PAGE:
The key to overcoming these limitations, according to Dr. Huang and her colleagues, is the use of quantum coupling techniques such as stimulated Raman adiabatic passage. STIRAP consists of using two coherent light pulses to transfer optical information between two applicable quantum states.

Applied to VLBI, Huang says, this will allow efficient and selective transfer of populations between quantum states without suffering from the usual problems of noise or loss.

As they describe in their paper (“Imaging Stars with Quantum Error Correction”), the process they envision involves the coherent coupling of starlight with “dark” atomic states that do not radiate.

The next step, Huang says, will be to couple light with quantum error correction (QEC), a technique used in quantum computing to protect quantum information from errors due to decoherence and other “quantum noise”.

But as Huang points out, the same technique could allow for more detailed and accurate interferometry:

“In order to simulate a large optical interferometer, light must be collected and processed coherently, and we propose using quantum error correction to mitigate errors due to loss and noise in this process.”

“Quantum error correction is a rapidly developing field, mainly aimed at enabling scalable quantum computing in the presence of errors. Combined with pre-distributed entanglement, we can perform operations to extract the information we need from starlight while suppressing noise.”

To test their theory, the team considered a scenario in which two objects (Alice and Bob) separated by large distances collect astronomical light.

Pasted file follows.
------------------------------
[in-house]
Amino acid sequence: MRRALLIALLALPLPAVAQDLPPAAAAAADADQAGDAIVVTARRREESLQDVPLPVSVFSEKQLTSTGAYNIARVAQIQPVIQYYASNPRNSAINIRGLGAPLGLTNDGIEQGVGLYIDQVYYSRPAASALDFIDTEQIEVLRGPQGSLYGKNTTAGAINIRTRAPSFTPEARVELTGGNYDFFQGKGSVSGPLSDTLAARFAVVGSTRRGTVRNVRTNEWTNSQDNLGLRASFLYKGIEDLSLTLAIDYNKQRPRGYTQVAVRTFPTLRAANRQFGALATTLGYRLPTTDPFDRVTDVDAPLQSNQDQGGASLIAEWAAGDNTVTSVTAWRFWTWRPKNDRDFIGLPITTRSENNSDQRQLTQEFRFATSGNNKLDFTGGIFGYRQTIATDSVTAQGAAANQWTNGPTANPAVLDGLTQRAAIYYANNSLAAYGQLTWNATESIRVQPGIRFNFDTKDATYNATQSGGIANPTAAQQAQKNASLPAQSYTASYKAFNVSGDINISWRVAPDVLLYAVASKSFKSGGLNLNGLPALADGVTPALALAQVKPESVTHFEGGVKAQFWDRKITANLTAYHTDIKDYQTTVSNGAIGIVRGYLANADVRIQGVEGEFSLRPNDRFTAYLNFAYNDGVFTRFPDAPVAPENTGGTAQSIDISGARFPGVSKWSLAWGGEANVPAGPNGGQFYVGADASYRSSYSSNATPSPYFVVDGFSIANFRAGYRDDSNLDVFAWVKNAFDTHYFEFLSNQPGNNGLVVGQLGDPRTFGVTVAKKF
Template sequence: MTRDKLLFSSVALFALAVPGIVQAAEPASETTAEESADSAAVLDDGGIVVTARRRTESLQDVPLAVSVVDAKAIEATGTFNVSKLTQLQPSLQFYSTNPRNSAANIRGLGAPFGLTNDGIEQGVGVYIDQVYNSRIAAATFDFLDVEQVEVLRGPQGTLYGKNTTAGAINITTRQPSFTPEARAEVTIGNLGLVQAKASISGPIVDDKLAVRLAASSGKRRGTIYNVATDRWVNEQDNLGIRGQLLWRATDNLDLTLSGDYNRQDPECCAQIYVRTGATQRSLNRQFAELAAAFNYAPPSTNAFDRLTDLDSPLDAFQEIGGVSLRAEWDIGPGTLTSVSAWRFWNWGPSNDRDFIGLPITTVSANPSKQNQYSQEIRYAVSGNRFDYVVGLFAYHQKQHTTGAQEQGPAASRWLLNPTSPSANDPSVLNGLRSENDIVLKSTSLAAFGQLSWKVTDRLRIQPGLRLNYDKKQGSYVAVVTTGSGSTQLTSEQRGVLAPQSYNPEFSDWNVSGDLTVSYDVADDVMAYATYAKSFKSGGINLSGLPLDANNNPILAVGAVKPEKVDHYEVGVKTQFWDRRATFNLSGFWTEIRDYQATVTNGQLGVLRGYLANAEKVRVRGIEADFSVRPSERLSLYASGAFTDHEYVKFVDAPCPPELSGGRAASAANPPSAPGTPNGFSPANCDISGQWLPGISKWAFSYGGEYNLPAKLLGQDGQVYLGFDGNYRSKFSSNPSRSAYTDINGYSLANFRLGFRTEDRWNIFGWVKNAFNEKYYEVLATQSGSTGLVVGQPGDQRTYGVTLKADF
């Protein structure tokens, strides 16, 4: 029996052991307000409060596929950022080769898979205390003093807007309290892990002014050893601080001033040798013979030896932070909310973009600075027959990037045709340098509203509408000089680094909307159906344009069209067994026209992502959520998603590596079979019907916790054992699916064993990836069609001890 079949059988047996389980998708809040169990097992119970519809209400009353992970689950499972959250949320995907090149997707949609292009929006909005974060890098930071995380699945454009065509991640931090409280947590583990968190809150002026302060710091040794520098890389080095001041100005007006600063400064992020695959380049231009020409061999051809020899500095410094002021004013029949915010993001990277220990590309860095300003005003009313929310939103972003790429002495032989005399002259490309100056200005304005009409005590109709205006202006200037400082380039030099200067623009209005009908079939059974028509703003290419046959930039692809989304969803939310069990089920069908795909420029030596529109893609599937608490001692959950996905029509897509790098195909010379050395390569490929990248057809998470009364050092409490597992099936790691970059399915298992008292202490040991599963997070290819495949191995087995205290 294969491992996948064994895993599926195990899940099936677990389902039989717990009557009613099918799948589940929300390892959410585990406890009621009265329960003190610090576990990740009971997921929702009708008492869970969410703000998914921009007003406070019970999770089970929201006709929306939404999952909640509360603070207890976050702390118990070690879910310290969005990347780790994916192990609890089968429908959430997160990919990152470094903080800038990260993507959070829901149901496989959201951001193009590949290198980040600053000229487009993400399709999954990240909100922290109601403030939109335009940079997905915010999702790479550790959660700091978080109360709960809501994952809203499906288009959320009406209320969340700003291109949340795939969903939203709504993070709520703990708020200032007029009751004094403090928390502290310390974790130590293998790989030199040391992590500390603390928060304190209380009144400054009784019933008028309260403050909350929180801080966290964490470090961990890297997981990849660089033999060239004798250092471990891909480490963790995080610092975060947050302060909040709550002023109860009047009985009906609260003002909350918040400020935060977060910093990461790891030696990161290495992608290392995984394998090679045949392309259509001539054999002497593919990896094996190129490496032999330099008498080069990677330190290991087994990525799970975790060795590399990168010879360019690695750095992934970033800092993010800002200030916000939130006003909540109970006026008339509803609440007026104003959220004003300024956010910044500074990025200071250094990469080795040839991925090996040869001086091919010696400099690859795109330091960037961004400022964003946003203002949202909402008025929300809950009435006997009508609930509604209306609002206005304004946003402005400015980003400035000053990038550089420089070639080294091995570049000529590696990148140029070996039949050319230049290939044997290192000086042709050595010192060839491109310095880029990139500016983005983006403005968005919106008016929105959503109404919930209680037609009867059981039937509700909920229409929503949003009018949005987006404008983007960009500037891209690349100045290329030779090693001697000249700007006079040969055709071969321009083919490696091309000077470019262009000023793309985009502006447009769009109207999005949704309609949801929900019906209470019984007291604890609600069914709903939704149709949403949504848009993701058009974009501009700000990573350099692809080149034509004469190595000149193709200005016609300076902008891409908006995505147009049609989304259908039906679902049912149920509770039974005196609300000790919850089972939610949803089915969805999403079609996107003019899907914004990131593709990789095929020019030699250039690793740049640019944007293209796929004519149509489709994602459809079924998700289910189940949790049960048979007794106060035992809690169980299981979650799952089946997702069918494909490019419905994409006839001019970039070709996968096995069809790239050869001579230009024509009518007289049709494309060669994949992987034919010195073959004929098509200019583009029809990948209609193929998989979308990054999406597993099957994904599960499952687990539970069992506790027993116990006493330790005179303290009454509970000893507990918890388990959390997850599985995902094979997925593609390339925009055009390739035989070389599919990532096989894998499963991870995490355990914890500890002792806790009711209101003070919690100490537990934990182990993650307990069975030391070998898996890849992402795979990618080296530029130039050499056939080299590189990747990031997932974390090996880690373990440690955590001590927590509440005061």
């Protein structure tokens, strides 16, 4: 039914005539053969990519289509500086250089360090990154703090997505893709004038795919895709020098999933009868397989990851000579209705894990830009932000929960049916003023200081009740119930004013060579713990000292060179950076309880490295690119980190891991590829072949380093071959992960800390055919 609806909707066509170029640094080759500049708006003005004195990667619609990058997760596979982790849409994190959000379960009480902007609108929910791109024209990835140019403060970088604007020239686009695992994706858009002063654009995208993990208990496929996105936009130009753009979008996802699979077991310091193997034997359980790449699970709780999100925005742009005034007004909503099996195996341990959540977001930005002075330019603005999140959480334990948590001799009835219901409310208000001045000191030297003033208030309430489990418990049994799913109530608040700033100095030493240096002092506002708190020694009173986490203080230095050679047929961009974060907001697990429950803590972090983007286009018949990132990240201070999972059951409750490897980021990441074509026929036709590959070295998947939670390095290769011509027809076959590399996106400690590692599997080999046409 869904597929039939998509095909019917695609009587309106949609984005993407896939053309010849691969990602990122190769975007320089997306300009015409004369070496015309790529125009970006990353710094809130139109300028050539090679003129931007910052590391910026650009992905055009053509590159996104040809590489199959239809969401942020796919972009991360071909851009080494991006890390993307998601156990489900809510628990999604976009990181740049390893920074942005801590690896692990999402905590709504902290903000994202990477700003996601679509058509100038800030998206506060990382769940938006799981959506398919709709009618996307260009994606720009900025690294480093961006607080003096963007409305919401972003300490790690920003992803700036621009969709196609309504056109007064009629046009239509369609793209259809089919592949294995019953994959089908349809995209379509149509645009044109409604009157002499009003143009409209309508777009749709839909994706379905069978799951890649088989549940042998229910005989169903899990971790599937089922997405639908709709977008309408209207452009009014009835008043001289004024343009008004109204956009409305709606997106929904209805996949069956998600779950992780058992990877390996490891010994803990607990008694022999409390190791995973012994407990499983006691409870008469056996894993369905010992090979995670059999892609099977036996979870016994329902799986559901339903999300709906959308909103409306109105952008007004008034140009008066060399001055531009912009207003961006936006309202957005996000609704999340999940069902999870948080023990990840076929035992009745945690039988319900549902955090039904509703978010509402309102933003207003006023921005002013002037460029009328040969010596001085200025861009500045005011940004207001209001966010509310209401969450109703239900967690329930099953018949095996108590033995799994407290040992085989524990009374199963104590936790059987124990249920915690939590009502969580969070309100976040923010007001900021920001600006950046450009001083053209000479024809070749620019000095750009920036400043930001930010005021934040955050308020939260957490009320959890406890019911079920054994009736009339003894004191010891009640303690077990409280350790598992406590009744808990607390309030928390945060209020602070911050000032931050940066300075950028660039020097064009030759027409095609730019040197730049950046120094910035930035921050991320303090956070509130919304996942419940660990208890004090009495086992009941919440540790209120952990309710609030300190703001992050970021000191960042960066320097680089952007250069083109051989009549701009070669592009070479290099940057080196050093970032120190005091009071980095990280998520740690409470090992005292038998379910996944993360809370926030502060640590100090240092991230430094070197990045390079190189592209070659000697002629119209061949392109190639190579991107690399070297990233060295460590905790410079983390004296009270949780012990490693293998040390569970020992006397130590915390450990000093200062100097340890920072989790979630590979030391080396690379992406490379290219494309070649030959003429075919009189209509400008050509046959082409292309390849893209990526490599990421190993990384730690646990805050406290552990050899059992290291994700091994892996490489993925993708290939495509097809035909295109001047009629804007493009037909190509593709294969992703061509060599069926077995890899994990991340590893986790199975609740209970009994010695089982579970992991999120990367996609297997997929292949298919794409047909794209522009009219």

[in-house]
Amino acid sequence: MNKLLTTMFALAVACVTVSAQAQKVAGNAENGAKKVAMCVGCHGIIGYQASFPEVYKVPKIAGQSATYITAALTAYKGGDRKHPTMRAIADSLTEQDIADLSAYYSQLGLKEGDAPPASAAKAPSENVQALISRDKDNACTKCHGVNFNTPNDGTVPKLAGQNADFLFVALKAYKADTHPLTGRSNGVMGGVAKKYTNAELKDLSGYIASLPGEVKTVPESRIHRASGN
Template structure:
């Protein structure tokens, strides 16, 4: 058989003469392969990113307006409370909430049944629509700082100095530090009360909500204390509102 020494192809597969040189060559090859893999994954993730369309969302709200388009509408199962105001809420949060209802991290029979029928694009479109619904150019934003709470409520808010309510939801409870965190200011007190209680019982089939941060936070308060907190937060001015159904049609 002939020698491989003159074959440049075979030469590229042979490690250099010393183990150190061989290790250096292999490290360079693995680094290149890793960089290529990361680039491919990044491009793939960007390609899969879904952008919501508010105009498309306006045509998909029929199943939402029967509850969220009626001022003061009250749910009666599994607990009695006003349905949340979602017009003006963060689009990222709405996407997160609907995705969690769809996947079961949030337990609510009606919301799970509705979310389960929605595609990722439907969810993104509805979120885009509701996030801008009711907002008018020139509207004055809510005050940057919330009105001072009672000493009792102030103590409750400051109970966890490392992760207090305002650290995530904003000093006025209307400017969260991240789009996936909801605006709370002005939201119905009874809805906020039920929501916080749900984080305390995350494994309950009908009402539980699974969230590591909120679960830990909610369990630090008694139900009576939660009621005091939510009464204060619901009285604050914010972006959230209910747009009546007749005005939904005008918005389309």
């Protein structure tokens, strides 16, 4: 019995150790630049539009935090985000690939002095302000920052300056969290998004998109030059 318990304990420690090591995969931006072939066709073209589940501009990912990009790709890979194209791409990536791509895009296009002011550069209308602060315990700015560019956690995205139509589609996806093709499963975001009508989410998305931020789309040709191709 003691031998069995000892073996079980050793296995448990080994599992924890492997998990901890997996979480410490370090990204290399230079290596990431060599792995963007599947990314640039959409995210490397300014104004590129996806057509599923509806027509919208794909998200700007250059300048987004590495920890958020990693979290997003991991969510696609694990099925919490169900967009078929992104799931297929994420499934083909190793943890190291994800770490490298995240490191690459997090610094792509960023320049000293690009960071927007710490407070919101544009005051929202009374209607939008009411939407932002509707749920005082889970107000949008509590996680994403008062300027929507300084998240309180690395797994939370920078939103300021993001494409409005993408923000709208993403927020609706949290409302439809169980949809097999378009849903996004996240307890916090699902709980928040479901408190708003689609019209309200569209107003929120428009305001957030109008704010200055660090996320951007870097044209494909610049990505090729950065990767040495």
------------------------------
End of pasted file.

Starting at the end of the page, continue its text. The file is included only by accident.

Each of them has pre-distributed entanglement and contains a “quantum memory” that light hits, and each prepares its own set of quantum data (qubits) in some QEC code. The resulting quantum states are then imprinted onto a common QEC code by a decoder that protects the data from subsequent noisy operations.

At the “encoder” stage, the signal is captured into quantum memory using the STIRAP technique, which allows the incoming light to be coherently coupled into a non-radiative state of the atom.

The ability to capture light from astronomical sources while taking into account quantum states (and eliminate quantum noise and information loss) would be a game changer in interferometry. Moreover, these improvements will have significant implications for other areas of astronomy, which are also undergoing revolutionary changes today.

“By switching to optical frequencies, such a quantum imaging network would improve image resolution by three to five orders of magnitude,” says Huang.

“It will be powerful enough to image small planets around nearby stars, details of solar systems, kinematics of stellar surfaces, accretion disks, and possibly details around black hole event horizons – none of which currently planned projects can’t resolve.”

In the near future, the James Webb Space Telescope (JWST) will use its advanced infrared imaging toolset to characterize exoplanet atmospheres like never before. The same applies to ground-based observatories such as the Extremely Large Telescope (ELT), the Giant Magellanic Telescope (GMT) and the Thirty Meter Telescope (TMT).

With their large primary mirrors, adaptive optics, coronagraphs and spectrometers, these observatories will enable direct imaging of exoplanets, providing valuable information about their surfaces and atmospheres.

By taking advantage of new quantum technologies and integrating them with VLBI, observatories will have another way to image some of the most inaccessible and hard-to-observe objects in our universe. The secrets this might uncover are sure to be (for the last time, I promise!) revolutionary!